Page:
A quick word on profit and creativity. Creating things does not always have to be profitable. Making things just for yourself is fine too. But if you realise you’re doing something that actually costs you money, when the intention was to make money, it’s time to shuffle things around. Remember, it’s not a hobby.

Don't get me wrong, I love Etsy. 

I have bought some of the coolest things on there; plants, linen clothes, cool jewellery, prints, paintings etc. BUT on a personal/business level, I had my eyes opened once i'd looked at the numbers closely.

I had a message via Twitter saying that someone was considering setting up their first online shop with Etsy, and should they abandon their mission since I obviously hated it so much. NO! I'd say, if you're starting out and you want to test the waters and see what sells well, then Etsy is an excellent place to start. It's all set up for you, you can do discount coupons, send emails, easily communicate with customers. It's a no-brainer. I know a lot of people who make a good chunk of their income using Etsy.

That being said, I think it's well worth looking at where you are spending your time, and how much revenue that is bringing in. If you're spending most of your time, to earn the least of your money, then doesn't it make sense to shift the balance?

More free time

Closing my Etsy shop means opening up free time, space where stock was being held, and breaking off my long-term relationship with the Post Office ladies. (I'll miss standing in the queue at Asda and inventing a reason to go and buy chocolate every.single.visit.)

The Future of Selling Online

Going forward I will still have an online shop front, but i'll be moving it to something more easily integrated into my website. Here I'll just be selling up to 5 of my best sellers, and seasonal products like calendars etc. I'll also be streamlining packing and posting to one day a week in an effort to be more efficient.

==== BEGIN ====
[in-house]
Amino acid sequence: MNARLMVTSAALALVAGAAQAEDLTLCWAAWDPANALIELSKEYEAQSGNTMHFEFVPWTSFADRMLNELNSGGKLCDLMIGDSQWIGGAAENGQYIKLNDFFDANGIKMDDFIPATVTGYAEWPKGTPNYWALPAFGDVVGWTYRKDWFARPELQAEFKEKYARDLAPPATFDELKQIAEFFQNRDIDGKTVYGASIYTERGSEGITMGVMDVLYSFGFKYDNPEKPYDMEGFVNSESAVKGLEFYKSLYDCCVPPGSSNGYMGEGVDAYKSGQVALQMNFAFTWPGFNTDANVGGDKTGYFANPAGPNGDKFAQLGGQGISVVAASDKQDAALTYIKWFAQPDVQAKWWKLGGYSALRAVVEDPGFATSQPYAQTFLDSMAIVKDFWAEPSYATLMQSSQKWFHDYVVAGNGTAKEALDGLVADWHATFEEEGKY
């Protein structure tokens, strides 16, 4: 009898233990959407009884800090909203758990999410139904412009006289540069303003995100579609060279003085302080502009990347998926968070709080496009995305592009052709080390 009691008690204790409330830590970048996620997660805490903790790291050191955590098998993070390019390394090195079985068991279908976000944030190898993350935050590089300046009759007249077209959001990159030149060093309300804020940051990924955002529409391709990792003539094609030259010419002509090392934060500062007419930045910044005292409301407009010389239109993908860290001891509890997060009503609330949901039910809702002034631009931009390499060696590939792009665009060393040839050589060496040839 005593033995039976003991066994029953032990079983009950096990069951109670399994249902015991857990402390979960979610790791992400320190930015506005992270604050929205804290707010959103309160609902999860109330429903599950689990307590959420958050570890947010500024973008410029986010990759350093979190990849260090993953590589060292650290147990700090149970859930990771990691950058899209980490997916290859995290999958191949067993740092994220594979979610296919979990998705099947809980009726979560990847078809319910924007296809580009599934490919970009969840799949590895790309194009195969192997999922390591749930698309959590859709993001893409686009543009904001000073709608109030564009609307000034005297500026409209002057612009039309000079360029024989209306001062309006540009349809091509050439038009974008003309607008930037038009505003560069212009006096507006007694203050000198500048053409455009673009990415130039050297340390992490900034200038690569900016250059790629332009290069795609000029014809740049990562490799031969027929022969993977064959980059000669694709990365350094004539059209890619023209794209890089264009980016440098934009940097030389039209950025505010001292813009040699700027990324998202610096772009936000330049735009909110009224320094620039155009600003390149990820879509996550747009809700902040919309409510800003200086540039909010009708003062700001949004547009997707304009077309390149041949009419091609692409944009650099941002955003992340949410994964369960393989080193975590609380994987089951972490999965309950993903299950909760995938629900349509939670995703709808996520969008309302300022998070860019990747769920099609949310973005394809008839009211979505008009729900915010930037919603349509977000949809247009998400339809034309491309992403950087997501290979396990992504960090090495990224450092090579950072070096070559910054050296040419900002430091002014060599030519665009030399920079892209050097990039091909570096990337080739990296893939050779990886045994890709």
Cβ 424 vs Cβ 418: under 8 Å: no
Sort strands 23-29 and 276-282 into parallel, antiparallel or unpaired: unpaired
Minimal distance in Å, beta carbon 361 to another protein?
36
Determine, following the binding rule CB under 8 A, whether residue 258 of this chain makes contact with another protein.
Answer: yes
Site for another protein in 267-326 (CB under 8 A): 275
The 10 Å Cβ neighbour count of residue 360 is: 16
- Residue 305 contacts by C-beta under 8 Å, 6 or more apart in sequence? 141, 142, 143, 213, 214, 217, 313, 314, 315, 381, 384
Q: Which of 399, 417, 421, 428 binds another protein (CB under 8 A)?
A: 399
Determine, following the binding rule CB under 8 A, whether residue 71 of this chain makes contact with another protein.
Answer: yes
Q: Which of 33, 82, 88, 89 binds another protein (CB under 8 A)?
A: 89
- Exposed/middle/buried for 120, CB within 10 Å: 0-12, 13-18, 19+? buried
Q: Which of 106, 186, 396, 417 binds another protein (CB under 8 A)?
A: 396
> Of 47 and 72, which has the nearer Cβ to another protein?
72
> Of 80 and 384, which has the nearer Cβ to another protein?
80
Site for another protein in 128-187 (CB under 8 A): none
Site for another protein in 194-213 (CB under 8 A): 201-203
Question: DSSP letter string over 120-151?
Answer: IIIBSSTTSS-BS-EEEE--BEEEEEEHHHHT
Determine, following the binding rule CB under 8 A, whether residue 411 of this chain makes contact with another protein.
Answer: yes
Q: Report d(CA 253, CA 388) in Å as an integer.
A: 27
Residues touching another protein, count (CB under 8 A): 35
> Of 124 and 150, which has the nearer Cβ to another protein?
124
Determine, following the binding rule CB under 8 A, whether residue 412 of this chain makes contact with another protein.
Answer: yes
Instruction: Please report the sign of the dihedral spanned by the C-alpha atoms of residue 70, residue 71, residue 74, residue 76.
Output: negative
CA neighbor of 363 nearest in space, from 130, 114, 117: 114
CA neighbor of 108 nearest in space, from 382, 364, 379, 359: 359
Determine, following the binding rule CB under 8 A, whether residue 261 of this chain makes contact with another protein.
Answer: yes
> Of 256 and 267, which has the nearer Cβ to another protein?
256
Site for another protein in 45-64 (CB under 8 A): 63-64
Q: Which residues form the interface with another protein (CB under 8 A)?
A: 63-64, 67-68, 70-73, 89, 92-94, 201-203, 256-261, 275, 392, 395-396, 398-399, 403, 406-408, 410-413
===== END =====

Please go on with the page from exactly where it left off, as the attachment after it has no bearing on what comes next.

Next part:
Long story short, this is not the end of having an online shop, but it's shuffling my priorities so that I can get on with other stuff. Thank you for understanding!

Pros and Cons of Etsy


  • It's all ready to go. No coding or programming, super easy to understand, lots of helpful FAQs and support.

  • They teach you how to make great listings.

  • Lots of photos encouraged.

  • Etsy marketplace = users can stumble across your items.

  • Appears on Google.

  • An excellent way to get started.


  • Listing fees and final selling fees all add up, and then Paypal jumps in and takes a slice of the pie too.

  • Etsy is a hungry beast - you need to feed it new listings often, and promote it regularly to see results.

  • Competition can be high, so it's hard not to be swayed by other sellers' crazy cheap prices.

  • Time. Posting and creating listings, packing orders, going to the Post Office. It all takes bloody ages.

  • People don't often leave reviews unless you ask them nicely.

What about you? Have you looked at how much time you are spending on different aspects of your business?

Let me know if you do!

If you’d like to shop the sale, my Etsy is here and there is 25% off until Sunday the 19th May 2019. (After that date it wont exist anymore.)

My new web-shop is now open. All i’m selling these days is my India Sketchbook, and the Meatlumpz zine.

Take a look!